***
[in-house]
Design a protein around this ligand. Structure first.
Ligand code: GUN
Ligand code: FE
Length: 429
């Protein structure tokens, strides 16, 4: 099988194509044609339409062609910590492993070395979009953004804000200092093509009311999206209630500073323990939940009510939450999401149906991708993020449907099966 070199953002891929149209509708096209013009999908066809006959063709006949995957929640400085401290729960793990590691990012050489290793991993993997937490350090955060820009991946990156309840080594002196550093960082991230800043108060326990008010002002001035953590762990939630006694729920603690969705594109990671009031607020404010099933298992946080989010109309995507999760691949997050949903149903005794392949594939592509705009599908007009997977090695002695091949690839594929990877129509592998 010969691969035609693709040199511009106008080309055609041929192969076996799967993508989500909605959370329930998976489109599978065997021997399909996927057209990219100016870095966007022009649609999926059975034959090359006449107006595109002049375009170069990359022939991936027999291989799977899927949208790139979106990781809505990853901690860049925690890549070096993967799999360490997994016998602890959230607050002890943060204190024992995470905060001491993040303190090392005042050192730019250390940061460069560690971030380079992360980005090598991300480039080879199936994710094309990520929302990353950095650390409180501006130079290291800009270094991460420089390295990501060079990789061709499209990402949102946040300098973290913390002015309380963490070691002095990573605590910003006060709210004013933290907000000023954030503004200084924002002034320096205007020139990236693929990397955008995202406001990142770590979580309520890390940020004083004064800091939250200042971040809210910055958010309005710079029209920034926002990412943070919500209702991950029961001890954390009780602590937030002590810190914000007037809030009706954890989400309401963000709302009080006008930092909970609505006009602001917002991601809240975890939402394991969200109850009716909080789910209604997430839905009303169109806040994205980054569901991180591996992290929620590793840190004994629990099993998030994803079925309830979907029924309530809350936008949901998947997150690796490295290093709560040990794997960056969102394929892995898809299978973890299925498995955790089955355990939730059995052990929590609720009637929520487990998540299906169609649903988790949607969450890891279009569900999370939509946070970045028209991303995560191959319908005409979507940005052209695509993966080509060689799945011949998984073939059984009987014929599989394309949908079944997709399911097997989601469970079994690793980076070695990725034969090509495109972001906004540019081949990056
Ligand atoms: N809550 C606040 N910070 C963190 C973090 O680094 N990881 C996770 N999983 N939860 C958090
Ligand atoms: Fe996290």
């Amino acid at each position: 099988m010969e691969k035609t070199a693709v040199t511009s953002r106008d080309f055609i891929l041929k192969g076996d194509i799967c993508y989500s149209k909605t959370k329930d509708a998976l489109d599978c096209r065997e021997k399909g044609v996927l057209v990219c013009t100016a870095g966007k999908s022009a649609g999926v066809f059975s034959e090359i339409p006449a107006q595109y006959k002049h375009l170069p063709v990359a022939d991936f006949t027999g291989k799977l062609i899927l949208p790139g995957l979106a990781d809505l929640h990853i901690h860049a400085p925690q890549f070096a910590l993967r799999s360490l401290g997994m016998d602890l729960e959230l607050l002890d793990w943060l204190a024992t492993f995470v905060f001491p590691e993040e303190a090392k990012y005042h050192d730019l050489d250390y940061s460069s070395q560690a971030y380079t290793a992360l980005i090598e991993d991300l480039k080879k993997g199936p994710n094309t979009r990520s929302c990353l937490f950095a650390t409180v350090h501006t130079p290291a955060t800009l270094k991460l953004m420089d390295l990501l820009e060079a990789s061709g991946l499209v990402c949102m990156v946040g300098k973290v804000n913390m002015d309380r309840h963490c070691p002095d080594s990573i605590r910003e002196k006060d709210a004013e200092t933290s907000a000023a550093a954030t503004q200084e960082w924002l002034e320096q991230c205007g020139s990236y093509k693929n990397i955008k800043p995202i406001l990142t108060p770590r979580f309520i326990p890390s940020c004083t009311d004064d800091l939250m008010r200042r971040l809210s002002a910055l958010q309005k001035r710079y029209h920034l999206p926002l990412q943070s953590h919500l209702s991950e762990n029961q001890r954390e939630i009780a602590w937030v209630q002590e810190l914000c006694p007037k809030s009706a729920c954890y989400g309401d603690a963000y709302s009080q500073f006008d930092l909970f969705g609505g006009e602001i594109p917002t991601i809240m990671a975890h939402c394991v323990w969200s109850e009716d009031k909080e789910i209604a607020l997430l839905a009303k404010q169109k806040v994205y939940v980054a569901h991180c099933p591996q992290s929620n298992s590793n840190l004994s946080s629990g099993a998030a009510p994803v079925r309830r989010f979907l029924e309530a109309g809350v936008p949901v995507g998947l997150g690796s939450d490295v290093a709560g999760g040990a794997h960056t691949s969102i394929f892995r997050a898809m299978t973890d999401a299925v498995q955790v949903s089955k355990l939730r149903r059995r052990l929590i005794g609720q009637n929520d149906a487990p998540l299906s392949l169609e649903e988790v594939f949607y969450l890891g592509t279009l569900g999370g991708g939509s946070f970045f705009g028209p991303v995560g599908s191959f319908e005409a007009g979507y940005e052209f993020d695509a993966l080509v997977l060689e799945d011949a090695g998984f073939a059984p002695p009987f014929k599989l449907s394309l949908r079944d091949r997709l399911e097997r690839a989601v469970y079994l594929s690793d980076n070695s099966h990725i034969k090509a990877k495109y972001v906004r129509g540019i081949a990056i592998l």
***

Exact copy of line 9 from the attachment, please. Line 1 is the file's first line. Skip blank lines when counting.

């Amino acid at each position: 099988m010969e691969k035609t070199a693709v040199t511009s953002r106008d080309f055609i891929l041929k192969g076996d194509i799967c993508y989500s149209k909605t959370k329930d509708a998976l489109d599978c096209r065997e021997k399909g044609v996927l057209v990219c013009t100016a870095g966007k999908s022009a649609g999926v066809f059975s034959e090359i339409p006449a107006q595109y006959k002049h375009l170069p063709v990359a022939d991936f006949t027999g291989k799977l062609i899927l949208p790139g995957l979106a990781d809505l929640h990853i901690h860049a400085p925690q890549f070096a910590l993967r799999s360490l401290g997994m016998d602890l729960e959230l607050l002890d793990w943060l204190a024992t492993f995470v905060f001491p590691e993040e303190a090392k990012y005042h050192d730019l050489d250390y940061s460069s070395q560690a971030y380079t290793a992360l980005i090598e991993d991300l480039k080879k993997g199936p994710n094309t979009r990520s929302c990353l937490f950095a650390t409180v350090h501006t130079p290291a955060t800009l270094k991460l953004m420089d390295l990501l820009e060079a990789s061709g991946l499209v990402c949102m990156v946040g300098k973290v804000n913390m002015d309380r309840h963490c070691p002095d080594s990573i605590r910003e002196k006060d709210a004013e200092t933290s907000a000023a550093a954030t503004q200084e960082w924002l002034e320096q991230c205007g020139s990236y093509k693929n990397i955008k800043p995202i406001l990142t108060p770590r979580f309520i326990p890390s940020c004083t009311d004064d800091l939250m008010r200042r971040l809210s002002a910055l958010q309005k001035r710079y029209h920034l999206p926002l990412q943070s953590h919500l209702s991950e762990n029961q001890r954390e939630i009780a602590w937030v209630q002590e810190l914000c006694p007037k809030s009706a729920c954890y989400g309401d603690a963000y709302s009080q500073f006008d930092l909970f969705g609505g006009e602001i594109p917002t991601i809240m990671a975890h939402c394991v323990w969200s109850e009716d009031k909080e789910i209604a607020l997430l839905a009303k404010q169109k806040v994205y939940v980054a569901h991180c099933p591996q992290s929620n298992s590793n840190l004994s946080s629990g099993a998030a009510p994803v079925r309830r989010f979907l029924e309530a109309g809350v936008p949901v995507g998947l997150g690796s939450d490295v290093a709560g999760g040990a794997h960056t691949s969102i394929f892995r997050a898809m299978t973890d999401a299925v498995q955790v949903s089955k355990l939730r149903r059995r052990l929590i005794g609720q009637n929520d149906a487990p998540l299906s392949l169609e649903e988790v594939f949607y969450l890891g592509t279009l569900g999370g991708g939509s946070f970045f705009g028209p991303v995560g599908s191959f319908e005409a007009g979507y940005e052209f993020d695509a993966l080509v997977l060689e799945d011949a090695g998984f073939a059984p002695p009987f014929k599989l449907s394309l949908r079944d091949r997709l399911e097997r690839a989601v469970y079994l594929s690793d980076n070695s099966h990725i034969k090509a990877k495109y972001v906004r129509g540019i081949a990056i592998l």